March 3, 2023
The Yale School the Environment invites undergraduate students to spend the summer working on field ecology research through the Louise H. and David S. Ingalls Field Ecology Program. Interns are matched with professors, post-doctoral researchers, and graduate students on a project in field ecology. Interns are housed at the Yale-Myers Forest camp in northeastern Connecticut.
Research Projects for 2023
Long Term Research in Silviculture & Forest Ecology:
Working with the Silviculture Lab interns will work on a variety of studies looking at the influence of environment and land-use on ecological communities. Studies include monitoring regeneration vegetation in shelterwood treatments and surveying floristic patterns across the Yale-Myers Forest.
Methane production in Temperate Forests & Soil Organic Matter Sampling*
A team of students will split there time between two projects centered on understanding the role of forests in carbon cycles.
Methane is a greenhouse gas many times more potent than carbon dioxide, and responsible for approximately one third of anthropogenic global warming to date. Despite this, we know remarkably little about the cycle of methane in forest ecosystems. In the last few years, living trees have been discovered to be potentially unaccounted sources of methane to the atmosphere. This project aims primarily to measure the methane released from trees and soils, across species, ages, and landscape positions, to incorporate trees into the forest methane budget.
Soil organic carbon is the largest terrestrial ecosystem carbon pool, storing more than the atmosphere and vegetation combined. However, studies often use older fixed-depth sampling methods and report high local-scale variability within and among forest sites. As a result, meta-analyses have drawn opposing conclusions on the impact of forest management activities on forest soil organic carbon levels. We will use updated sampling methods to improve our understanding of how to reliably measure the effects of forest management on SOC stocks.
Disease dynamics in amphibian hosts to understand and predict disease outcomes in nature:
Our model system consists of an amphibian species found in Connecticut, wood frogs, and a naturally occurring pathogen, Ranavirus, that has been linked to massive mortality events and severe pathology in wild populations. I combine observational and experimental work to understand better the ecology, drivers, and characteristics of ranavirus-induced mortality events. Examples of this work include regular surveys of tadpoles in ponds in and around the Yale-Myers Forest and temperature preference trials in an experimental setup at the forest lab station. This work will give us a greater understanding of a pathogen of concern, and insights from this work may also further shed light on the causes and consequences of disease-induced mass mortality events.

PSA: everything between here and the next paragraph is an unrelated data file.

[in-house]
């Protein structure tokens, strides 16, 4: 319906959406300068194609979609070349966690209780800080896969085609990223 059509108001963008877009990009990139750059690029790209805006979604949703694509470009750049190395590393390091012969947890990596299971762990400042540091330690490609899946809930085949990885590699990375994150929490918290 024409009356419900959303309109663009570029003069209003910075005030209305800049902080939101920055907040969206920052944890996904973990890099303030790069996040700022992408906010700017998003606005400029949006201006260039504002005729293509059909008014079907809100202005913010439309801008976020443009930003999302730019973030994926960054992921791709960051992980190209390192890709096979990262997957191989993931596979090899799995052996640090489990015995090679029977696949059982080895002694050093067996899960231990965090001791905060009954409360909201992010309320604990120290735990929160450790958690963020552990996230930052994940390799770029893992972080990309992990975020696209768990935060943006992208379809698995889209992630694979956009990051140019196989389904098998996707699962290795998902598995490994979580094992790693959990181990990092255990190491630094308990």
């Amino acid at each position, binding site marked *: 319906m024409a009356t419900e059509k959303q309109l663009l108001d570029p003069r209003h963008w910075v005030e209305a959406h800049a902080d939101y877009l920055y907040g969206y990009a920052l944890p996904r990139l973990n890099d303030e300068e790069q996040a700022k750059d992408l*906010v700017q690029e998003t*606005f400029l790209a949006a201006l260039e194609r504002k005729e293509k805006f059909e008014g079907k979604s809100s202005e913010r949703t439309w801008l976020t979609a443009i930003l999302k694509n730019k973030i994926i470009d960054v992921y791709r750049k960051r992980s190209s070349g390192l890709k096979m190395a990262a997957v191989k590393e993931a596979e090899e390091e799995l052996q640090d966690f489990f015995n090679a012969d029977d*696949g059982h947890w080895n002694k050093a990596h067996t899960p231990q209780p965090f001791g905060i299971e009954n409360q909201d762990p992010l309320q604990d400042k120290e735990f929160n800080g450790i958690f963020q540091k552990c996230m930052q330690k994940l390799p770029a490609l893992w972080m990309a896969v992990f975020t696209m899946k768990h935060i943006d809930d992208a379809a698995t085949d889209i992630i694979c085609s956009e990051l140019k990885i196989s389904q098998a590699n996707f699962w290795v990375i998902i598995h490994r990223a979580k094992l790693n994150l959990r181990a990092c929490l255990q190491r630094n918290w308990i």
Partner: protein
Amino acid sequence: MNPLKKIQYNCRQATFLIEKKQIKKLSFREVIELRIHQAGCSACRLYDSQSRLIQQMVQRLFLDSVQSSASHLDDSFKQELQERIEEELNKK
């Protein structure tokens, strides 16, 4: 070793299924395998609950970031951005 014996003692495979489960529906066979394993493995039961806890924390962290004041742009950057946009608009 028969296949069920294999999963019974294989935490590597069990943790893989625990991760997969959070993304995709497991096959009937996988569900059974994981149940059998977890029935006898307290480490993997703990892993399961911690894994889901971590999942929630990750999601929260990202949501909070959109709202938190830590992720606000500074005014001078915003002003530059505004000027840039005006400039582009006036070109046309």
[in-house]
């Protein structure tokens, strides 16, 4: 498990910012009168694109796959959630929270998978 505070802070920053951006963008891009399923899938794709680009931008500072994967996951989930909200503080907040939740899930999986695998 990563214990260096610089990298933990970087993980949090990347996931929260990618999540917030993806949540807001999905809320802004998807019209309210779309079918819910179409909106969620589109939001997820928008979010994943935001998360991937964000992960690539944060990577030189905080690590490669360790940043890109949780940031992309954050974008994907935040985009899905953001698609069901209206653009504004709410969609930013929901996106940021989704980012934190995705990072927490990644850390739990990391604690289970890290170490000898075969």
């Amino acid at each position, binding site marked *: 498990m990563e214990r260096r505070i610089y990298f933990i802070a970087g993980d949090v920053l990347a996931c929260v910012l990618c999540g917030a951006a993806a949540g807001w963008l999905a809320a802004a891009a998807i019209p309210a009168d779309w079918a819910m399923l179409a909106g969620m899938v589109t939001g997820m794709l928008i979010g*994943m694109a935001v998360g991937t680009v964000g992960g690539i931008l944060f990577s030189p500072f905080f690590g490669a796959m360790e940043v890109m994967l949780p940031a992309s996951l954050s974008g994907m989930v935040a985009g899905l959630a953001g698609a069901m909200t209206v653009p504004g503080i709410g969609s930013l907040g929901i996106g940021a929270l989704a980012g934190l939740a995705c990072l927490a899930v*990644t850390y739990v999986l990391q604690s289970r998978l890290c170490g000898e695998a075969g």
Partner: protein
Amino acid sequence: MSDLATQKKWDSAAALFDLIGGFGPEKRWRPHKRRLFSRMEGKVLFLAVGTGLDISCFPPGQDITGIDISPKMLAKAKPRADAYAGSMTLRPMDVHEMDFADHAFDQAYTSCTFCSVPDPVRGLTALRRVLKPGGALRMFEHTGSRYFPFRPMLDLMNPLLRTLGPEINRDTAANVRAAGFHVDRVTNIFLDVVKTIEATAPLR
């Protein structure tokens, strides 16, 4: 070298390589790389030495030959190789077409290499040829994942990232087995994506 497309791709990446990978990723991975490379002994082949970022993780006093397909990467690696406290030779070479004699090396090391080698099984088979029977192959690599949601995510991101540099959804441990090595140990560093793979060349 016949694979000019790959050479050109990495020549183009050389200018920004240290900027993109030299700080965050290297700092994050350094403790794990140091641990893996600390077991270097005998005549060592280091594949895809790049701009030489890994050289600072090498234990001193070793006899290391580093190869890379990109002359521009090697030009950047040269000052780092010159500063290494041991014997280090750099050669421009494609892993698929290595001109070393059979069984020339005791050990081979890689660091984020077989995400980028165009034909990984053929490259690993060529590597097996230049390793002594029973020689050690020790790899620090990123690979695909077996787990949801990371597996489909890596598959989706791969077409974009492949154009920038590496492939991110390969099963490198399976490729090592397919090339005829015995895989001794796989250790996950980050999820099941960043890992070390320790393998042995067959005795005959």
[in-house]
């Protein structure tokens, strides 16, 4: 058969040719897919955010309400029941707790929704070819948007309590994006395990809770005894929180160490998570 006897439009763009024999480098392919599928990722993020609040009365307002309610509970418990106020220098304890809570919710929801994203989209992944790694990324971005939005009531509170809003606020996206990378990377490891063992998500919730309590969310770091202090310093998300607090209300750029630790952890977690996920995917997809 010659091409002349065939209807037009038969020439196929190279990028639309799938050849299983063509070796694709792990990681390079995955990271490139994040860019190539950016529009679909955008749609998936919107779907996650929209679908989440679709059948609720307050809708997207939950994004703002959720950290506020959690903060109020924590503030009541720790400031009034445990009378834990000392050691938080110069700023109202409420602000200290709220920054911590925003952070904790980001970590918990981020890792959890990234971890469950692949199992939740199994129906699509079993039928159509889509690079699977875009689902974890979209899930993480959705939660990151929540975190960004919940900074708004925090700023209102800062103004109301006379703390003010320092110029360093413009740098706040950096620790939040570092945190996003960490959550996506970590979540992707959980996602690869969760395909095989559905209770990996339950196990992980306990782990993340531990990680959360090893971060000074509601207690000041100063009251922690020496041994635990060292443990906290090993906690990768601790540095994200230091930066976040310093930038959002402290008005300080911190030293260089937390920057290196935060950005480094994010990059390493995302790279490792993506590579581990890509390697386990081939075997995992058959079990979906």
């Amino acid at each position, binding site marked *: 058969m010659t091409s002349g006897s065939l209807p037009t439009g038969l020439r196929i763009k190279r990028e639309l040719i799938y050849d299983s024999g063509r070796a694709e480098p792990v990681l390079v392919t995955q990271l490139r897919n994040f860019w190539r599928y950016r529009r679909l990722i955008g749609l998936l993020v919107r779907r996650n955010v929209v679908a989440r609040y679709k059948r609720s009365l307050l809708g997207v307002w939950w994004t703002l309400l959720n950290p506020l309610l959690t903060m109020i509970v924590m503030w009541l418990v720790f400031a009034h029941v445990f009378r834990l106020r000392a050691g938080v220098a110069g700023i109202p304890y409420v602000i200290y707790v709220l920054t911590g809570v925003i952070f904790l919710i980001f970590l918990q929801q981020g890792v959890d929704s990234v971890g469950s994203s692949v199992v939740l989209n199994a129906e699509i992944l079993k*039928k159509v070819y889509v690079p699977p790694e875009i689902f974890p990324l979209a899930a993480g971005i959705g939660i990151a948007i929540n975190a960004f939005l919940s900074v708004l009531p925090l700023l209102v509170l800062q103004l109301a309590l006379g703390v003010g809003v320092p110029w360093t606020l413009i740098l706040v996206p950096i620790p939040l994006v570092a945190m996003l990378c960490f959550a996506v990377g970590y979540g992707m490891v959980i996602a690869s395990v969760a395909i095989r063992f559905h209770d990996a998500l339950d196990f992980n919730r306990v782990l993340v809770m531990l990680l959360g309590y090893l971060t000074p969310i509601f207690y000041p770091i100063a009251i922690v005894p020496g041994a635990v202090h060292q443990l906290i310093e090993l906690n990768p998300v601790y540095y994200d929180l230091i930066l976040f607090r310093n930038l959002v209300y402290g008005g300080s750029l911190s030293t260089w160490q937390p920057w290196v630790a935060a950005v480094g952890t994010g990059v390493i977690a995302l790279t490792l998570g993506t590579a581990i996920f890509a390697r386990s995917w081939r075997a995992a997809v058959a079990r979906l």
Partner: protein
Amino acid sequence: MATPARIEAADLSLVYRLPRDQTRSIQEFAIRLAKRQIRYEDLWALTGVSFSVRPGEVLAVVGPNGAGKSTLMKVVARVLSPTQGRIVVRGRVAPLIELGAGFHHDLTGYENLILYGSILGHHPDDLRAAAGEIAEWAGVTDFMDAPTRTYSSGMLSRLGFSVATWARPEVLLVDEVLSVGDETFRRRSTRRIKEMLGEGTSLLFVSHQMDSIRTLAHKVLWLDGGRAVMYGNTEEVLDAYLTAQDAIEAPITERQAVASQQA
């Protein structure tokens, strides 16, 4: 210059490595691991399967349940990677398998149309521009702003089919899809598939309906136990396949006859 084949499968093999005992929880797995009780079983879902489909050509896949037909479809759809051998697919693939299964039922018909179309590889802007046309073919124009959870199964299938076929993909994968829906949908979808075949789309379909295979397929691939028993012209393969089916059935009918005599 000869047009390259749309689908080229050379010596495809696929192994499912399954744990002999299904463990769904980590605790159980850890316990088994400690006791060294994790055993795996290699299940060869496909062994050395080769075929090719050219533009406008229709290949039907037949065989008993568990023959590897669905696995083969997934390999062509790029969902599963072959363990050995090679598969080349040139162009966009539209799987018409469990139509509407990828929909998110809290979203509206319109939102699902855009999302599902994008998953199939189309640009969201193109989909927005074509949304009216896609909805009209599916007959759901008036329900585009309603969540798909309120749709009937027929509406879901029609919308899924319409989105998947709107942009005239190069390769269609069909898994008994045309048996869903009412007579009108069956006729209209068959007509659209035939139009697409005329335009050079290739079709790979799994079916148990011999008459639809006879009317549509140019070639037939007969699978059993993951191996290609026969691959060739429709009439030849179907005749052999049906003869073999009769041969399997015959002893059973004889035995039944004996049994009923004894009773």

Interns will live within the vibrant summer population of the Yale-Myers Forest camp — a small, close-knit community of researchers and graduate student apprentices in forest management. Housing is available in bunkhouses, and hot dinners are provided by a camp cook during the work week. There are ample opportunities for recreation such as canoeing, swimming, hiking, and generally enjoying a beautiful location. Yale-Myers Forest camp is located 40 minutes from Hartford, and is within a 1.5 hour drive of Boston, Providence, and New Haven.
Please direct any questions to the YMFResearch@yale.edu
Interns should be undergraduate students looking for research experience to further their academic goals. Some coursework in environmental science is useful, but not required.
While some limited funding is available for this program, Yale students should apply concurrent for this internship with other Summer Funding Opportunities. These can be found on the Yale Fellowship and Funding Database. Some fellowships that our students have received include the EVST Summer Fellowship ; First year Yale students should also consider the First Year Summer Research Fellowship in the Sciences and Engineering . In addition, the Richter Summer Fellowships are available through the residential colleges.
We are happy to provide supporting materials for any students’ applications for funding. Please reach out if you are considering applying for the internship and are preparing funding applications. Many fellowships require letters of support from sponsors, so please contact us to talk about your application early in the process.
Application detials can be found here.